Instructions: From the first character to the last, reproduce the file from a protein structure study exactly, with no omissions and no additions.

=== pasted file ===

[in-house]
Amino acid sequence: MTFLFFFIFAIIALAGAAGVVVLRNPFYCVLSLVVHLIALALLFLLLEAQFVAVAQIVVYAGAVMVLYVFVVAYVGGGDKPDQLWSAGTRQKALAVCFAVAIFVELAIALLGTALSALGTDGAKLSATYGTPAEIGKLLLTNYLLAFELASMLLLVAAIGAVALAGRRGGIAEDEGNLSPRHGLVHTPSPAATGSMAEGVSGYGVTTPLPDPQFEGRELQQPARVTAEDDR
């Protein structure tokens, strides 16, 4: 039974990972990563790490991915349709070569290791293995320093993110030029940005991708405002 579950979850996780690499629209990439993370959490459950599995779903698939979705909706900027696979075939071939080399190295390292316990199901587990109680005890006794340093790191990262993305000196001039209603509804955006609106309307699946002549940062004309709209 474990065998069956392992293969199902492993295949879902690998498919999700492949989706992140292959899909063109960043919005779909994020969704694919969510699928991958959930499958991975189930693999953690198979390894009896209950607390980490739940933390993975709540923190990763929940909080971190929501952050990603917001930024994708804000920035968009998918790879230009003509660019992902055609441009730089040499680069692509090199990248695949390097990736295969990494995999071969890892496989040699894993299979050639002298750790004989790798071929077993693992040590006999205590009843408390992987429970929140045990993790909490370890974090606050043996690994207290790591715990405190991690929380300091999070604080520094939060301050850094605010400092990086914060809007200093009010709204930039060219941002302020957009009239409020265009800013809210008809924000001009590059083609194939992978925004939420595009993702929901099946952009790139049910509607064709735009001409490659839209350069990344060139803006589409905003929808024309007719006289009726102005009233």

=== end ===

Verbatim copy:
[in-house]
Amino acid sequence: MTFLFFFIFAIIALAGAAGVVVLRNPFYCVLSLVVHLIALALLFLLLEAQFVAVAQIVVYAGAVMVLYVFVVAYVGGGDKPDQLWSAGTRQKALAVCFAVAIFVELAIALLGTALSALGTDGAKLSATYGTPAEIGKLLLTNYLLAFELASMLLLVAAIGAVALAGRRGGIAEDEGNLSPRHGLVHTPSPAATGSMAEGVSGYGVTTPLPDPQFEGRELQQPARVTAEDDR
């Protein structure tokens, strides 16, 4: 039974990972990563790490991915349709070569290791293995320093993110030029940005991708405002 579950979850996780690499629209990439993370959490459950599995779903698939979705909706900027696979075939071939080399190295390292316990199901587990109680005890006794340093790191990262993305000196001039209603509804955006609106309307699946002549940062004309709209 474990065998069956392992293969199902492993295949879902690998498919999700492949989706992140292959899909063109960043919005779909994020969704694919969510699928991958959930499958991975189930693999953690198979390894009896209950607390980490739940933390993975709540923190990763929940909080971190929501952050990603917001930024994708804000920035968009998918790879230009003509660019992902055609441009730089040499680069692509090199990248695949390097990736295969990494995999071969890892496989040699894993299979050639002298750790004989790798071929077993693992040590006999205590009843408390992987429970929140045990993790909490370890974090606050043996690994207290790591715990405190991690929380300091999070604080520094939060301050850094605010400092990086914060809007200093009010709204930039060219941002302020957009009239409020265009800013809210008809924000001009590059083609194939992978925004939420595009993702929901099946952009790139049910509607064709735009001409490659839209350069990344060139803006589409905003929808024309007719006289009726102005009233």